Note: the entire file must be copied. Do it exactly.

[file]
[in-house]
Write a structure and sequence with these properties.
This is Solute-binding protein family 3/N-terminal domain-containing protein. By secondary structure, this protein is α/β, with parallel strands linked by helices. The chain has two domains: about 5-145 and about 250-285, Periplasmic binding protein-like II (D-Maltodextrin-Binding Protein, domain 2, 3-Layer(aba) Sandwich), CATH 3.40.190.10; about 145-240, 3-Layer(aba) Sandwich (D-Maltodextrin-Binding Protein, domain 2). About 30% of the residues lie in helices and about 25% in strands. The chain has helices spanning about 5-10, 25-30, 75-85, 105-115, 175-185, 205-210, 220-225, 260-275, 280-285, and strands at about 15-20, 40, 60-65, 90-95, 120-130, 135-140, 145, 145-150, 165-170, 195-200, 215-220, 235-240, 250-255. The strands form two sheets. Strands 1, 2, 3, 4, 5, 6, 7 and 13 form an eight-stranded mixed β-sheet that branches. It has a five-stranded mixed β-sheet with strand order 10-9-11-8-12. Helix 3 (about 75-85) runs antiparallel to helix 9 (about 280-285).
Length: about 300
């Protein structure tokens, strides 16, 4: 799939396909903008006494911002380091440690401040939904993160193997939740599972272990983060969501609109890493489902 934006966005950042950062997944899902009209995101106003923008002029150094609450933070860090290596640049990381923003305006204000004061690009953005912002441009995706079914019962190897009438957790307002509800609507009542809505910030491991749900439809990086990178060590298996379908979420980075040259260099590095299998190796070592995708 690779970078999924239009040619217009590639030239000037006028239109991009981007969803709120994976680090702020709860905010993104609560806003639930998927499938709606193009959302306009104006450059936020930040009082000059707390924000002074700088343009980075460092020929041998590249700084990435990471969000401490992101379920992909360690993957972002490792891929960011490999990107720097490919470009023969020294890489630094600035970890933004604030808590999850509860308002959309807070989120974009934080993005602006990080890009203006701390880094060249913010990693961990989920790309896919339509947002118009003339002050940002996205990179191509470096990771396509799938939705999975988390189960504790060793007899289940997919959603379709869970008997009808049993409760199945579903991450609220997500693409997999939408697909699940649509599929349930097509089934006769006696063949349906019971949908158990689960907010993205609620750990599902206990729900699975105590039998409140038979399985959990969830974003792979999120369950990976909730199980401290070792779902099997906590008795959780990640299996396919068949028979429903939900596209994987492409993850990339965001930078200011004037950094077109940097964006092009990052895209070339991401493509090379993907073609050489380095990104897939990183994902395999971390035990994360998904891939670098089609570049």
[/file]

[in-house]
Write a structure and sequence with these properties.
This is Solute-binding protein family 3/N-terminal domain-containing protein. By secondary structure, this protein is α/β, with parallel strands linked by helices. The chain has two domains: about 5-145 and about 250-285, Periplasmic binding protein-like II (D-Maltodextrin-Binding Protein, domain 2, 3-Layer(aba) Sandwich), CATH 3.40.190.10; about 145-240, 3-Layer(aba) Sandwich (D-Maltodextrin-Binding Protein, domain 2). About 30% of the residues lie in helices and about 25% in strands. The chain has helices spanning about 5-10, 25-30, 75-85, 105-115, 175-185, 205-210, 220-225, 260-275, 280-285, and strands at about 15-20, 40, 60-65, 90-95, 120-130, 135-140, 145, 145-150, 165-170, 195-200, 215-220, 235-240, 250-255. The strands form two sheets. Strands 1, 2, 3, 4, 5, 6, 7 and 13 form an eight-stranded mixed β-sheet that branches. It has a five-stranded mixed β-sheet with strand order 10-9-11-8-12. Helix 3 (about 75-85) runs antiparallel to helix 9 (about 280-285).
Length: about 300
């Protein structure tokens, strides 16, 4: 799939396909903008006494911002380091440690401040939904993160193997939740599972272990983060969501609109890493489902 934006966005950042950062997944899902009209995101106003923008002029150094609450933070860090290596640049990381923003305006204000004061690009953005912002441009995706079914019962190897009438957790307002509800609507009542809505910030491991749900439809990086990178060590298996379908979420980075040259260099590095299998190796070592995708 690779970078999924239009040619217009590639030239000037006028239109991009981007969803709120994976680090702020709860905010993104609560806003639930998927499938709606193009959302306009104006450059936020930040009082000059707390924000002074700088343009980075460092020929041998590249700084990435990471969000401490992101379920992909360690993957972002490792891929960011490999990107720097490919470009023969020294890489630094600035970890933004604030808590999850509860308002959309807070989120974009934080993005602006990080890009203006701390880094060249913010990693961990989920790309896919339509947002118009003339002050940002996205990179191509470096990771396509799938939705999975988390189960504790060793007899289940997919959603379709869970008997009808049993409760199945579903991450609220997500693409997999939408697909699940649509599929349930097509089934006769006696063949349906019971949908158990689960907010993205609620750990599902206990729900699975105590039998409140038979399985959990969830974003792979999120369950990976909730199980401290070792779902099997906590008795959780990640299996396919068949028979429903939900596209994987492409993850990339965001930078200011004037950094077109940097964006092009990052895209070339991401493509090379993907073609050489380095990104897939990183994902395999971390035990994360998904891939670098089609570049």